Hiram M. Chittenden Locks

Aerial view of Hiram M. Chittenden Locks

 

Construction of the Lake Washington Ship Canal and Hiram M. Chittenden Locks was completed in 1917 by the U.S. Army Corps of Engineers. Connecting the waters of Lake Washington, Lake Union, and Salmon Bay to the tidal waters of Puget Sound, the canal and locks allow recreational and commercial vessels to travel to the docks and warehouses of Seattle's busy fresh water harbor.

The complex of locks sit in the middle of Salmon Bay and are part of Seattle's Lake Washington Ship Canal. They are known locally as the Ballard Locks after the neighborhood to their north. (Magnolia lies to the south.)

The locks and associated facilities serve three purposes:

  • To maintain the water level of the fresh water Lake Washington and Lake Union at 20 to 22 feet above sea level.
  • To prevent the mixing of sea water from Puget Sound with the fresh water of the lakes (saltwater intrusion).
  • To move boats from the water level of the lakes to the water level of Puget Sound, and vice versa.

The complex includes two locks, a small (30 x 150 ft, 8.5 x 45.7 meter) and a large (80 x 825, 24.4 x 251.5 meter). The complex also includes a (235-foot, 71.6 meter) spillway with six (32 x 12-foot (3.7 m), 9.8 x 3.7 meter) gates to assist in water-level control. A fish ladder is integrated into the locks for migration of anadromous fish, notably salmon.

The grounds feature a visitors center, as well as the Carl S. English, Jr. Botanical Gardens.

Operated by the U.S. Army Corps of Engineers, the locks were formally opened on July 4, 1917, although the first ship passed on August 3, 1916. They were named after U.S. Army Major Hiram Martin Chittenden, the Seattle District Engineer for the Corps of Engineers from April 1906 to September 1908. They were added to the National Register of Historic Places in 1978.

Video

This video is a comprehensive look at the history of the Hiram M. Chittenden (Ballard) Locks and their impact to the Seattle area. Learn how early Seattleites envisioned a waterway between Lake Washington and the Puget Sound and how the U.S. Army Corps of Engineers made it a reality..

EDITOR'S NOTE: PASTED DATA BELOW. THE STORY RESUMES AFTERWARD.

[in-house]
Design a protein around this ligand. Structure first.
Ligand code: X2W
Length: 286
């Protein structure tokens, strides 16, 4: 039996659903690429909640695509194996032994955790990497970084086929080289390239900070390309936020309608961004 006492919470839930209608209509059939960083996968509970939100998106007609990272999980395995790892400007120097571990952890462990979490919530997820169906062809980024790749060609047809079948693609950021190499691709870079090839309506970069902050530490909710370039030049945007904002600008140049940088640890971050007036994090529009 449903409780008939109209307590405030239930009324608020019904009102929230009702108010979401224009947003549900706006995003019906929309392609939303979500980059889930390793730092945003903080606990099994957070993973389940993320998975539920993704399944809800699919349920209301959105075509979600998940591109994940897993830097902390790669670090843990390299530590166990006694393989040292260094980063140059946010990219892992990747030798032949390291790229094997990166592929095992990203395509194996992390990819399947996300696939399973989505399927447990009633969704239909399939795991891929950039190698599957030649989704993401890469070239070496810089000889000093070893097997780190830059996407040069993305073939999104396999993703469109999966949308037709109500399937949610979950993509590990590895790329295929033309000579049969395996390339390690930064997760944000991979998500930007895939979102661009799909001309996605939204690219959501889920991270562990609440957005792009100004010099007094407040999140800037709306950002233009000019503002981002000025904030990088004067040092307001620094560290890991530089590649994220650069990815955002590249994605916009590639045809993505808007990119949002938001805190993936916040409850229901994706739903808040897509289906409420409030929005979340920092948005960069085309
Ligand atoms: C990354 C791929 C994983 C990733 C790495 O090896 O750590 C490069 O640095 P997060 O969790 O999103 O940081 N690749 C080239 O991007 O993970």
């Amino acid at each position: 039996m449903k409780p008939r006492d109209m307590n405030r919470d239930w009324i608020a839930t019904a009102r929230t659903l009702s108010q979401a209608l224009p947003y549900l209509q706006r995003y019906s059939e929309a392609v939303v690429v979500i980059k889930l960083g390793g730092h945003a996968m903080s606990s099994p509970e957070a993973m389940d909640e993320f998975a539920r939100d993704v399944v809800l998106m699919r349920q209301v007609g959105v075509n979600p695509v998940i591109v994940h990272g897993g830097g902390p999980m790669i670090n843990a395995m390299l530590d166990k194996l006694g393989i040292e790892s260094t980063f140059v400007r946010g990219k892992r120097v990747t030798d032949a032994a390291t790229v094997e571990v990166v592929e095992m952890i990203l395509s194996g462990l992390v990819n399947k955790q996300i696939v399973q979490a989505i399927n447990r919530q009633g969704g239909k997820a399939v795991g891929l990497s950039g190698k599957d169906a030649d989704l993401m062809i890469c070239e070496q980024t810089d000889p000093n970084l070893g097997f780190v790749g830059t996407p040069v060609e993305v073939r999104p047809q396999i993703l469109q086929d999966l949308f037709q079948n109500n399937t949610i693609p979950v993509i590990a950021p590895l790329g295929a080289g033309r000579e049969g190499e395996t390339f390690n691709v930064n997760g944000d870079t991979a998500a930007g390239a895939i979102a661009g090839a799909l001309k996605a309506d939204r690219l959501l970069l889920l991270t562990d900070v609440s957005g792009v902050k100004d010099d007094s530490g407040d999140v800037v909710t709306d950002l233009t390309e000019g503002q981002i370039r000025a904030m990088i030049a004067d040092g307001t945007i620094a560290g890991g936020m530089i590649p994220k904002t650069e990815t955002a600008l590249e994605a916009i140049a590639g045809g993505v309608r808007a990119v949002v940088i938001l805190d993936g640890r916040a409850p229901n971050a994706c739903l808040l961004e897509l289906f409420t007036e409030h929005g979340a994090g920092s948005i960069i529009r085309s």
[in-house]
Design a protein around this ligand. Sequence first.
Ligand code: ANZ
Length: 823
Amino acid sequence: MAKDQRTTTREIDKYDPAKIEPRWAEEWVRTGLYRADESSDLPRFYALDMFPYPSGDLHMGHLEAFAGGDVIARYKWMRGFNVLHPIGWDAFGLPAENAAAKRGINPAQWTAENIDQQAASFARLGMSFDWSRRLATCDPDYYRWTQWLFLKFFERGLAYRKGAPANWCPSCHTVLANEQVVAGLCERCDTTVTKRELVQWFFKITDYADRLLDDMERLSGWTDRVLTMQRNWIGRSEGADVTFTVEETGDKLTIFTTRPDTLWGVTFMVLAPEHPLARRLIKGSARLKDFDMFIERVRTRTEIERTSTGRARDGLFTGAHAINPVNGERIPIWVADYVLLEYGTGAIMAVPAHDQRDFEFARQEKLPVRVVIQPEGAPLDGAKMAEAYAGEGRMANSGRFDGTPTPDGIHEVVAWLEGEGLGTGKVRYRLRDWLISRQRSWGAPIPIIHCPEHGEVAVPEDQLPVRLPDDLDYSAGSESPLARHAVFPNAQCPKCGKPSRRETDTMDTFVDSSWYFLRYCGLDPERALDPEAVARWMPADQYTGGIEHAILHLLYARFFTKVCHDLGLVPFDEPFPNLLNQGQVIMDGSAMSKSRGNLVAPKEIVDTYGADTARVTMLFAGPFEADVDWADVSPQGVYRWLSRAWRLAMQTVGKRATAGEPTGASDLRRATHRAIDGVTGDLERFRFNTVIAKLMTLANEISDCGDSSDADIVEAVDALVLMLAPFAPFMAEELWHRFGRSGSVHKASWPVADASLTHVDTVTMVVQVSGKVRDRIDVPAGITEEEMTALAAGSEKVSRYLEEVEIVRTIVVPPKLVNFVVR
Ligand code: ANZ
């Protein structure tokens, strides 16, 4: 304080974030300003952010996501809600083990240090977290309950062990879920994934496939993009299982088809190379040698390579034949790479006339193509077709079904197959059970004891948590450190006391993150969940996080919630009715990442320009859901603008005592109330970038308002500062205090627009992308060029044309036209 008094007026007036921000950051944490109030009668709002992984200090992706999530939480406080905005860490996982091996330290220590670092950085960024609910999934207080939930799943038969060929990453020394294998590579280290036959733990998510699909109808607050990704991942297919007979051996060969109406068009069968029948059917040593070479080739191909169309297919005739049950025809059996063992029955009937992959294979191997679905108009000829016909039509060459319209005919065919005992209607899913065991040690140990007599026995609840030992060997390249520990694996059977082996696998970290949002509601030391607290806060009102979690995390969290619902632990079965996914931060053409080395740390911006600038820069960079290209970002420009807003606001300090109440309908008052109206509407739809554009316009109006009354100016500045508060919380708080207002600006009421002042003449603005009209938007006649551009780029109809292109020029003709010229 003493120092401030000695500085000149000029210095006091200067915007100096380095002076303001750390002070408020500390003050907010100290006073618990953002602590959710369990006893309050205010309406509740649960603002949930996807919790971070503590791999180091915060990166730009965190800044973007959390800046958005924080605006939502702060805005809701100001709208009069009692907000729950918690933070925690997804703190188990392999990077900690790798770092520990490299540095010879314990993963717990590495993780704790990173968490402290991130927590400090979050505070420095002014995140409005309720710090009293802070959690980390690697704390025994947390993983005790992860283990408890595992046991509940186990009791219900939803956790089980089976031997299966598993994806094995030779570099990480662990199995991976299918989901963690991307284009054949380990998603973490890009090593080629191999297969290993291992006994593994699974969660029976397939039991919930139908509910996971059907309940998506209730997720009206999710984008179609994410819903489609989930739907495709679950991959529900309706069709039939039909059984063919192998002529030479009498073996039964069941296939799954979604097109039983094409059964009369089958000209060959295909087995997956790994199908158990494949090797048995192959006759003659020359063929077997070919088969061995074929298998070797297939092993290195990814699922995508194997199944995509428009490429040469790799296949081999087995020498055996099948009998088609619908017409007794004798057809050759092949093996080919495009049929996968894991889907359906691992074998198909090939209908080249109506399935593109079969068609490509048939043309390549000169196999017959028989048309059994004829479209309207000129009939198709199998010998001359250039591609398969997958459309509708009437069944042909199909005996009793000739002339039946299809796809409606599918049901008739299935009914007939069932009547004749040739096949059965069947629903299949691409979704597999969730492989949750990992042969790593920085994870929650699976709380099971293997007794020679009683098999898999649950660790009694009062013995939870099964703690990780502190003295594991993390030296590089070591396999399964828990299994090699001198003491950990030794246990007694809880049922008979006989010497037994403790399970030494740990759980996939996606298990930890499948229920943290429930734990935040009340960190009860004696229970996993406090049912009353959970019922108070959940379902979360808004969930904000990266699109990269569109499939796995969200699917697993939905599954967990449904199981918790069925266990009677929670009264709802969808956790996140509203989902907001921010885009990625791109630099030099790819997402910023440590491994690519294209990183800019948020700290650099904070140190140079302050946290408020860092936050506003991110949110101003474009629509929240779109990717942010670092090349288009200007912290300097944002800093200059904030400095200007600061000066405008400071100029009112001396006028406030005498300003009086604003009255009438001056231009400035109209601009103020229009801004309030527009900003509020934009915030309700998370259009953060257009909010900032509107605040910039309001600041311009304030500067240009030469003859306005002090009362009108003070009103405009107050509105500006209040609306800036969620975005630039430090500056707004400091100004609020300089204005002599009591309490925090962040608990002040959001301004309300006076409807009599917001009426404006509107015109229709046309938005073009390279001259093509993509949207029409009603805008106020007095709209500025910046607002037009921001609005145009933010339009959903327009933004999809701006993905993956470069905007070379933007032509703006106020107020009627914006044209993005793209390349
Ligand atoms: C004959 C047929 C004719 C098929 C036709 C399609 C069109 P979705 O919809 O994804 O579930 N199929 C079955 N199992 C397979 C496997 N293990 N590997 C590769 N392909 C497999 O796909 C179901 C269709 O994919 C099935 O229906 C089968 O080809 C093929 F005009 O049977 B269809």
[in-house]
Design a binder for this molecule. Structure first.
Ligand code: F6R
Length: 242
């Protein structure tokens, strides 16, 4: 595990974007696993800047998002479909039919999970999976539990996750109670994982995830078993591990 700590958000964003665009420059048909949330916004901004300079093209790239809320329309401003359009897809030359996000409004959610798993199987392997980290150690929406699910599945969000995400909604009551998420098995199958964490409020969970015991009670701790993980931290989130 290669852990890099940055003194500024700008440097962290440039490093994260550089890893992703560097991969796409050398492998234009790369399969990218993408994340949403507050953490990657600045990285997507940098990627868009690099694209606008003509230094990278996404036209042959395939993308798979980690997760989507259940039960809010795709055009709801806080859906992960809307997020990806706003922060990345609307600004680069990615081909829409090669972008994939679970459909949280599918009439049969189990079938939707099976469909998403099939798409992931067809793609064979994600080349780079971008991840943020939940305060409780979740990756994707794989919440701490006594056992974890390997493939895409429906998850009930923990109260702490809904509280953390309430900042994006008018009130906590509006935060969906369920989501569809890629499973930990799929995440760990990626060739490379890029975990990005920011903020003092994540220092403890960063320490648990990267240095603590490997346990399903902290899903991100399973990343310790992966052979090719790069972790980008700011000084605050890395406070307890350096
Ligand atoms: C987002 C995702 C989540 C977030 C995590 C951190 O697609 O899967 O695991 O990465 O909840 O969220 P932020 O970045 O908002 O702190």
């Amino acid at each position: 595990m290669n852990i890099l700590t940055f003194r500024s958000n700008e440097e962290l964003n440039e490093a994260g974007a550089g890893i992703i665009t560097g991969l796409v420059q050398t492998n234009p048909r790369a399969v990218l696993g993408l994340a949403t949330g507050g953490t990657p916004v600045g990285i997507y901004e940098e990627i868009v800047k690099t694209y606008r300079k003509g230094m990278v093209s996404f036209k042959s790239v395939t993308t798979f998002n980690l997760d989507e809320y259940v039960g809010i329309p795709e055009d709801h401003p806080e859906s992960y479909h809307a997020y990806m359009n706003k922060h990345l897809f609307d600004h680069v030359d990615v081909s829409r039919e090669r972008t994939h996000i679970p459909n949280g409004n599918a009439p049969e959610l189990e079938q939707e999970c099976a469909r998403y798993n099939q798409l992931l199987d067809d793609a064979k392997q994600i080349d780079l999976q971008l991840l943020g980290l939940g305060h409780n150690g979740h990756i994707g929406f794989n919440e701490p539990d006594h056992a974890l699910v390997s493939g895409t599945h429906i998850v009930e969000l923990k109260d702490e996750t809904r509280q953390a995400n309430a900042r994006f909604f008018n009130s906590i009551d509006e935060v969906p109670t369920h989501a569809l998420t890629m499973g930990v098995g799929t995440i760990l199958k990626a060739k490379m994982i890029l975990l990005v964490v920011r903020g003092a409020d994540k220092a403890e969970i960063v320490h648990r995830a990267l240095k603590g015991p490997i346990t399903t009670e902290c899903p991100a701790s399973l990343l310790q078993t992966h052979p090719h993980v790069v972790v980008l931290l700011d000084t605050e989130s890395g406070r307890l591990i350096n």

The Hiram M. Chittenden Locks were designed and built for the nation with commerce in mind. For years logs and coal traversed the now 100-year-old locks. Today, a large portion of the Alaskan Fishing Fleet moors in Seattle's fresh waters and use the Locks, but it's the smaller recreational boats that make us the busiest Lock in the nation in terms of vessel traffic. Nearly 50,000 boats lock through each year. This video tells the story of how the Locks in Ballard make Seattle a hot spot for recreational boating. 

 

Who was Hiram Chittenden and what does the Army have to do with the locks? In this video you can learn about the history of the Locks and the U.S. Army Corps of Engineers’ role building them. Also, you will learn about Chittenden and meet his great-grandchildren. 

 

If you've ever come to the Chittenden Locks in Ballard, you've probably visited our fish ladder, and you may have seen salmon in our viewing windows. Did you know salmon have been coming through our fish ladder for a hundred years now?

 

This video tells the story of how Native American Tribes in the Seattle area were affected by the building of the Chittenden Locks and the Lake Washington Ship Canal in 1917.

 

Nearly 50,000 vessels lock through the Hiram M. Chittenden Locks in Ballard, with many of the Alaskan fishing fleet docking at Fishermen’s Terminal.  This episode is about the terminal and the fleet's boats that come through the locks all year long. 

 

At the Chittenden Locks, locally known as the Ballard Locks, we see many boats and ships coming through every day.  Many are visiting one of the shipyards along the Lake Washington Ship Canal, where they get re-fitted and repaired. As part of our centennial, we teamed up with a local film teacher and his students to tell stories about our history and impact on Seattle.